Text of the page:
.500 Suns need to toughen up

BY foxsports • December 13, 2014

PHOENIX -- This is beginning to look like a town where struggling teams from the junior varsity side of the NBA go to experience the thrill of victory.

Friday night at U.S. Airways Center, the Detroit Pistons really made the most of this trip, waving goodbye to a 13-game losing streak in a 105-103 triumph over the Suns.

They join the Charlotte Hornets, Orlando Magic and Miami Heat in a quartet of Eastern Conference visitors that finished the evening with a combined record of 30-63. But each of those squads ended their respective Phoenix excursions with a victory.

"We're a .500 team," Suns coach Jeff Hornacek said after his team's fourth consecutive defeat dropped its record to 12-12. "That doesn't guarantee you wins over any team in this league."

Since the Suns seem to be playing to the level of their competition, let's hope the players realize Sunday's game in Oklahoma City will co-star a team much better than its 10-13 record. With Kevin Durant and Russell Westbrook back working for the Thunder, perhaps the Suns will muster an extended focus.

That certainly didn't seem to be the case against the Pistons, whose eight-point deficit may have inspired the Suns to shift into disturbingly early cruise control midway through the first quarter.

After an opening salvo of transition baskets -- including successful rim runs from center Miles Plumlee -- the Suns quickly took on the appearance of a team caught up in some rope-a-dope scheme. By the time the first quarter was toast, so was the lead.

"We're not at the point where we can make silly errors and give up easy points," Hornacek said, referencing transgressions that preceded the evaporation of the Suns' lead.

Speaking of easy points, Detroit did surrender 52 paint points to the Suns, whose transition opportunities provided 29 of those. But the Suns' inability to protect their house enabled the Pistons to hit them for 60 near-the-rim points.

"We've just got to get tougher," Hornacek said. "Defensively, you can't give up 30 points on your home court in the fourth quarter. You've got to make teams earn points in the fourth quarter and we didn't do that."

OK, so the defense was soft near the rim against the brutish Detroit front line and the offense wasn't exactly stellar. But the Suns did make 47 percent of their shots (as did the Pistons) and scored at least 24 points in every quarter.

"I don't think we played horribly tonight," Hornacek said. "I just don't think we got after 'em like we should."

And it certainly doesn't help when a bench that typically boat races the opposition turns in a collective clunker.

Marcus Morris, who made 10 of 13 shots against the Miami Heat on Tuesday, missed 6 of 9 against Detroit. Gerald Green, who shoots 46 percent from the field on the road and 40 at home, missed 6 of 7 attempts, including 5 of 6 behind the 3-point arc.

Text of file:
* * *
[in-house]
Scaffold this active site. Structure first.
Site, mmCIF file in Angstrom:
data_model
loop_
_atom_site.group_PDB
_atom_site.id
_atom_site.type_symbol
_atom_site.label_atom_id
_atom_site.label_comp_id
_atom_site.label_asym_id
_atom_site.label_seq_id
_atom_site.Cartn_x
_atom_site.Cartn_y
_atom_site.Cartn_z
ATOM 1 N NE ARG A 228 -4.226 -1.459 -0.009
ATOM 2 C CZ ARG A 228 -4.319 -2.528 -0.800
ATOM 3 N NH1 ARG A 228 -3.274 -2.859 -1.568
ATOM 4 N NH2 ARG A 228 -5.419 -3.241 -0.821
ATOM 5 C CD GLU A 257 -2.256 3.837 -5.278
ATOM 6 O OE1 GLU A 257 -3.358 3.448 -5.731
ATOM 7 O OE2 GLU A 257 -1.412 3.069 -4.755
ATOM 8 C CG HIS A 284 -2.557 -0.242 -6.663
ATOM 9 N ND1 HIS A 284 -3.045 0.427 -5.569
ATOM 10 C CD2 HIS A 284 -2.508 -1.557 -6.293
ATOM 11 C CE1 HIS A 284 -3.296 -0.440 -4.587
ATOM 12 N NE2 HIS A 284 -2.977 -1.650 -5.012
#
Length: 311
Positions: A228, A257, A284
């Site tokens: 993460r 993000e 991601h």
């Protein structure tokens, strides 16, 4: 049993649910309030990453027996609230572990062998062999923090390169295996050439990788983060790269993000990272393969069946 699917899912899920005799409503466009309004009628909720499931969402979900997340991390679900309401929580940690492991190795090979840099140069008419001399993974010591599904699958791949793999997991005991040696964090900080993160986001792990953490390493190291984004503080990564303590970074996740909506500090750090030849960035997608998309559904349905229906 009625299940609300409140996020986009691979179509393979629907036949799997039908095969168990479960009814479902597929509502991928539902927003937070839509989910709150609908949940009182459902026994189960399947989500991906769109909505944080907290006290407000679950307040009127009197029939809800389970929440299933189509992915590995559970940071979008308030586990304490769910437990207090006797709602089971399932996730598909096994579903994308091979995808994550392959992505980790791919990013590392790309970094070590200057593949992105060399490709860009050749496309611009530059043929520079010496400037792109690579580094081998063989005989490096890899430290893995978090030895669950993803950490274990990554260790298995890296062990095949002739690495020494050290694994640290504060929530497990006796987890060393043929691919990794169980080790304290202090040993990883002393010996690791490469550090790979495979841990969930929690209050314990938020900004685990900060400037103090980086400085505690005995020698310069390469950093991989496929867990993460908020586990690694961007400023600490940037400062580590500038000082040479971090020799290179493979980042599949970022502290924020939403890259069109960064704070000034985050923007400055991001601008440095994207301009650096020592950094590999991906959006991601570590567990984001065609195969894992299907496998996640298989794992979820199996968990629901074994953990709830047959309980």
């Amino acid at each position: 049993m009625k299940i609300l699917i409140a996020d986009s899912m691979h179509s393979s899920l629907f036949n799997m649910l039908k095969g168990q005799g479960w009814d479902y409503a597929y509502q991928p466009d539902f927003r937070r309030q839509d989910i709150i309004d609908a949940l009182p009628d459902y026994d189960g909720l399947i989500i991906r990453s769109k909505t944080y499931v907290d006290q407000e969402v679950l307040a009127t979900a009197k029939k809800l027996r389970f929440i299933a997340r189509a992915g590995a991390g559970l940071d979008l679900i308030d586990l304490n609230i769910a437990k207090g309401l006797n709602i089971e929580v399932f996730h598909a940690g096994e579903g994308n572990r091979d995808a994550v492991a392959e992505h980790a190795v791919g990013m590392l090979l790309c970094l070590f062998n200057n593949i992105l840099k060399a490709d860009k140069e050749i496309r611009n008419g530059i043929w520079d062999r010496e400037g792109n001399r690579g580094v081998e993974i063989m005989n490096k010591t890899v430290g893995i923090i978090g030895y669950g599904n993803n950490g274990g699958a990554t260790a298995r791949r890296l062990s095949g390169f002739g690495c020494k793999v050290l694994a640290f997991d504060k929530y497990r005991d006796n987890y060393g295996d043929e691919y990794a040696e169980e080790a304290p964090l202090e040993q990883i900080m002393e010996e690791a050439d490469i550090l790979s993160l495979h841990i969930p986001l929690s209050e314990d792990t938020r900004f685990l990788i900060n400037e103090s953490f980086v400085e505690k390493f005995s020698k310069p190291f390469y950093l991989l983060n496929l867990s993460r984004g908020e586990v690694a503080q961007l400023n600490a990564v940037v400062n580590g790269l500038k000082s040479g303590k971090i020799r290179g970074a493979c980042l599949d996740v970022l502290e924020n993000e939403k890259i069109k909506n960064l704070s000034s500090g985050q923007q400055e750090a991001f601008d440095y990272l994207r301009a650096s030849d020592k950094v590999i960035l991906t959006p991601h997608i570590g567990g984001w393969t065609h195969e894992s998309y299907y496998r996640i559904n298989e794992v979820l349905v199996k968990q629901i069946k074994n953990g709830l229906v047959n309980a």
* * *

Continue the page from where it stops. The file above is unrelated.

The return of Isaiah Thomas also didn't do much to push the Pistons' prolonged woe to 14. After missing eight games with a bad ankle, a not-exactly-frisky IT missed 8 of 11 shots -- including 1 of 6 from 3-point range -- in two ticks beyond 28 minutes.

Phoenix did receive solid numbers from its starters. P.J. Tucker and Markieff Morris -- two Suns who have been more efficient on the road than at home -- combined to make 12 of 24 field goal attempts while contributing 17 rebounds and 33 points.

Goran Dragic and Eric Bledsoe survived their first night with Thomas back on the floor, chipping in with 34 on 14-of-21 marksmanship. But Dragic also provided six turnovers as one of three Suns point guards that continue penetrating with the intention to score rather than use their driving skill for the greater team good.

That lack of emphasis on using into-the-lane journeys to create shots for others continues to vex the coach.

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"I don't think we have enough of that on this team," Hornacek said.

Not playing high-level defense also leads to this drop in offensive efficiency.

When asked for an assessment of what's troubling his team, Markieff Morris had a quick answer.

"Stopping the ball from getting into the paint," he said. "We're doing a terrible job of that. I think they were shooting 16 percent from the 3-point line in the first half, but 50 from the floor.

"Defensively, it's a team issue, it's never on one guy. I think as a team we just need to fix that: more help defense, we need to be more vocal to each other. We just have to act like we want to win. We can't play down to the level of the competition."

Maybe that's the silver lining. When the Suns reach the meat of their Western Conference schedule, they won't have a chance to play down anymore.

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